Of the rooms in our flat, I think I’m most fond of the bathroom. While our flat is lovely, previous paint and wallpaper decision have put a definite design stamp on the kitchen and bedroom that my partner and I have little to no control over. The bathroom, painted white with white subway tiles and white fixtures, had an old purple shower curtain and abstract IKEA art prints. Easy enough to put our own stamp on it.
I very quickly put up an understated, striped shower curtain and changed out the glass and metal set of open shelves for a white particle board cupboard. I later picked up a nice soap dish and some glass jars for cotton balls and q-tips (classy like), a bin and a toilet paper holder. Previously, the toilet paper was placed on the handle of the toilet brush. Not exactly sanitary. But the IKEA art stayed on the walls, taunting us.
I don’t know about other people, but art seems to be the hardest part about putting a new flat together. I have a fair amount of pieces back home in Virginia but every time I think about shipping the art over . . . the mind boggles with shipping companies and costs that make your eyes bug out of your head. So we’ve a Turner print . . . that’s yet to be framed and other prints from our travels and the ever-amazing Etsy, framed in the ubiquitous black IKEA frames.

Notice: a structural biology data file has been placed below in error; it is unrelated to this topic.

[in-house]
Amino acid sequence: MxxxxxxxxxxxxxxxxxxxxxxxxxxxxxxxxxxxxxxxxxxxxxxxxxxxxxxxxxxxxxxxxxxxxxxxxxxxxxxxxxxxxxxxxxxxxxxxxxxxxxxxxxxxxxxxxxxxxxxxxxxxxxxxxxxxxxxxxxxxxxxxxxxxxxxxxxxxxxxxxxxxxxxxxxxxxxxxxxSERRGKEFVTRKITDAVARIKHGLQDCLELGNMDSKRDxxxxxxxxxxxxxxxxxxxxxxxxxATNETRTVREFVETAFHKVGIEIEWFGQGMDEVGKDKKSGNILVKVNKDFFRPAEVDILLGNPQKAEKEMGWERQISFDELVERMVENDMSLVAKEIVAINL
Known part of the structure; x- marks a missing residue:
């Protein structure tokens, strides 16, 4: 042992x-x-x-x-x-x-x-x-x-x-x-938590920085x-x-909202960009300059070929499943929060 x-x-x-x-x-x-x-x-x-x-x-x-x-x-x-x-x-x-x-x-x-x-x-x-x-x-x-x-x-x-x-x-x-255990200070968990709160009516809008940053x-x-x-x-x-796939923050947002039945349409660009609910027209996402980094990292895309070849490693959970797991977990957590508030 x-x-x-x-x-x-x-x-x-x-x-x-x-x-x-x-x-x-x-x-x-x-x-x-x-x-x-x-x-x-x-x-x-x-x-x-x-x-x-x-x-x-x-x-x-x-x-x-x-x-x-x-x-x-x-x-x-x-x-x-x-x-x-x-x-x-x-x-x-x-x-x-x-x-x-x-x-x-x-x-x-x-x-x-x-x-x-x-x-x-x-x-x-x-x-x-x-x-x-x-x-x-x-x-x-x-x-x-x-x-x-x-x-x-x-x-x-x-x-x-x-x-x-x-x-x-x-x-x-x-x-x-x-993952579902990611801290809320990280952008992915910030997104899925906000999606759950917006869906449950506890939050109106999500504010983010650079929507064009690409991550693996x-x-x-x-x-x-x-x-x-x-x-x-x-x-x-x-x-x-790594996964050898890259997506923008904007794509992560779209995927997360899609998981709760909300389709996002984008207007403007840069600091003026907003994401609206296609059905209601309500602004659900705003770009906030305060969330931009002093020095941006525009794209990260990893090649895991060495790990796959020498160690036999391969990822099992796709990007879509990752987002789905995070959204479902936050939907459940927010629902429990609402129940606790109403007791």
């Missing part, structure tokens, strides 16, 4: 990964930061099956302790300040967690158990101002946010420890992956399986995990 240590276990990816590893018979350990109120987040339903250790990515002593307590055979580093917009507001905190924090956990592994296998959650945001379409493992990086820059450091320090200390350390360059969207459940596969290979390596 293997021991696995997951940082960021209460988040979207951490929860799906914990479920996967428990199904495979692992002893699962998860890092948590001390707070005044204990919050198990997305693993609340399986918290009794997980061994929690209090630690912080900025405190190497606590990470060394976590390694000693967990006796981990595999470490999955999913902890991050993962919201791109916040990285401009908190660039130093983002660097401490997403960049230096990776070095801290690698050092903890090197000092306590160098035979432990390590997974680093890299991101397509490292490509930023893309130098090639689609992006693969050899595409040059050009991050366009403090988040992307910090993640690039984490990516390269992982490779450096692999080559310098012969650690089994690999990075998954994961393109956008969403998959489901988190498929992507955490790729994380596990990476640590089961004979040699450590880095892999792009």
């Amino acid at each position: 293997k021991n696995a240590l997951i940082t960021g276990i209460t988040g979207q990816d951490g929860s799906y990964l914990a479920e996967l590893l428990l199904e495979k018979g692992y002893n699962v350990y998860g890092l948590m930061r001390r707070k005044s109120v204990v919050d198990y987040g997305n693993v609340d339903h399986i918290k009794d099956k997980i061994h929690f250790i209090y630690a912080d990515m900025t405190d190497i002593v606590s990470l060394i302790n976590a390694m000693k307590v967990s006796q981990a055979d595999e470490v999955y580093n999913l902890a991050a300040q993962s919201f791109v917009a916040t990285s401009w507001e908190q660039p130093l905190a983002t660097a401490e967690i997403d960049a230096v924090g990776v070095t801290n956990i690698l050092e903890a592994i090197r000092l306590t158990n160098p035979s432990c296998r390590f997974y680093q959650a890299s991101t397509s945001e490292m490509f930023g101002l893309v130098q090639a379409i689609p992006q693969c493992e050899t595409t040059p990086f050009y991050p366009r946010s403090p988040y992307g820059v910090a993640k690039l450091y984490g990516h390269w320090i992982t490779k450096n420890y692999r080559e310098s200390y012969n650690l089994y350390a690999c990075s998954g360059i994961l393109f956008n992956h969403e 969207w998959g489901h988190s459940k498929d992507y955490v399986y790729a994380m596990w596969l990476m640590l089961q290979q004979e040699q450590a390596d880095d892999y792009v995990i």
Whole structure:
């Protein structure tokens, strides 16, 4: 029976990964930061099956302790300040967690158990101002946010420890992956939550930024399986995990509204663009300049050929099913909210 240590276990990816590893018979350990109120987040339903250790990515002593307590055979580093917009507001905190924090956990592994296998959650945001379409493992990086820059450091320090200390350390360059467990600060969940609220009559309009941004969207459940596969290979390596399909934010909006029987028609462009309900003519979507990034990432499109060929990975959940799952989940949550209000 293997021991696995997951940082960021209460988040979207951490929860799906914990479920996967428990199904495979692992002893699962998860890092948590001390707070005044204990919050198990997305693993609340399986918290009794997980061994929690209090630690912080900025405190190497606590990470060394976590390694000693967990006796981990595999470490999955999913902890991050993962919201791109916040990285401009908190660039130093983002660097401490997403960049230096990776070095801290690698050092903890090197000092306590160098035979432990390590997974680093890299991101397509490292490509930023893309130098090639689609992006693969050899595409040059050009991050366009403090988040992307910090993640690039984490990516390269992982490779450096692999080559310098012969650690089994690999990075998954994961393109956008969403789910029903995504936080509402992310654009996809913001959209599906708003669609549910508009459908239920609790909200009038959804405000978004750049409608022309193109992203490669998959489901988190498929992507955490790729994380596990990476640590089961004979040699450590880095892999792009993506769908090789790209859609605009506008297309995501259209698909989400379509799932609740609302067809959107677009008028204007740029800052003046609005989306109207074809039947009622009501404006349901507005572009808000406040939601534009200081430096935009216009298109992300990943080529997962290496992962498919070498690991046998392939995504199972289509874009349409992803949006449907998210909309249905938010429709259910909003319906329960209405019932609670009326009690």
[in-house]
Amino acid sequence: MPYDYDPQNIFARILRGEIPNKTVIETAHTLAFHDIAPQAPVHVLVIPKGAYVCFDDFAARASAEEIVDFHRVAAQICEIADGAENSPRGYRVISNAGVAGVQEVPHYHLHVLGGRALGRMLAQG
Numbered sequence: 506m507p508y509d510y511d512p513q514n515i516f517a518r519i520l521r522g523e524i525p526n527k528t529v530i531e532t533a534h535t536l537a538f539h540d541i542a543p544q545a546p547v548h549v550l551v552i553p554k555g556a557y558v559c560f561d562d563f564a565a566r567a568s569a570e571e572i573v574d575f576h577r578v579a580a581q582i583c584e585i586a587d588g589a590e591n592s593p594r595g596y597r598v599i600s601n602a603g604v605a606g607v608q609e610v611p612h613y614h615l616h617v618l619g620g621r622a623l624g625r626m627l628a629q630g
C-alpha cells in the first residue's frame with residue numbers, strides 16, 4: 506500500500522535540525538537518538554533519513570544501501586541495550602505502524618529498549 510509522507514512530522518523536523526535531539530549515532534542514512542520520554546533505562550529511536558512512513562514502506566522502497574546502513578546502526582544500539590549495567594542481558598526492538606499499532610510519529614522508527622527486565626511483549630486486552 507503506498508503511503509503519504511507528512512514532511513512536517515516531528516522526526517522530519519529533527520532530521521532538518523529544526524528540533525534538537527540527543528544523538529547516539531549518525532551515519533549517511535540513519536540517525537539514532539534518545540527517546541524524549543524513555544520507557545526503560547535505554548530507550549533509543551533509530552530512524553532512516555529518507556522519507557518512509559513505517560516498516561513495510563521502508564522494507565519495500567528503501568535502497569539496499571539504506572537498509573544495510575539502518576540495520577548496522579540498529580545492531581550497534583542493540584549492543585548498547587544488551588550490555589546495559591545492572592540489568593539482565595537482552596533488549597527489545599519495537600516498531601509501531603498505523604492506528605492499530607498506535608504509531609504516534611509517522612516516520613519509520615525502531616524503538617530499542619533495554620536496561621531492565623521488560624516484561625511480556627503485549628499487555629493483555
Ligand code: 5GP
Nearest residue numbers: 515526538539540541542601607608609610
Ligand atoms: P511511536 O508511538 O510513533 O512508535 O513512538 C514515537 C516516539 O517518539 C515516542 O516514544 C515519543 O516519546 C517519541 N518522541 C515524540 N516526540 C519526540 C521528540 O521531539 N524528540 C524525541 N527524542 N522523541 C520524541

We finally chose three prints from local south London artist and author of the blog Birds in Hats, Alice Tams. Clean lines with a touch of whimsy is obviously a major trend everywhere right now–it keeps the room pretty timeless, and art can obviously be changed as tastes change. In this instance, the stark black frames suit the birds perfectly and the prints add the final touch to the room. The room is an indication of our shared design sense–what our home might look like once we have a fully blank slate.
This flat is the first flat that I’ve felt I could treat as my actual home, rather than a temporary space intended for students or ‘young people’. I feel like I can buy nice things after years of holding back out of fear of things being destroyed accidentally. It’s nice to feel like your home has a sense of permanence, even if it will definitely change buildings at some point.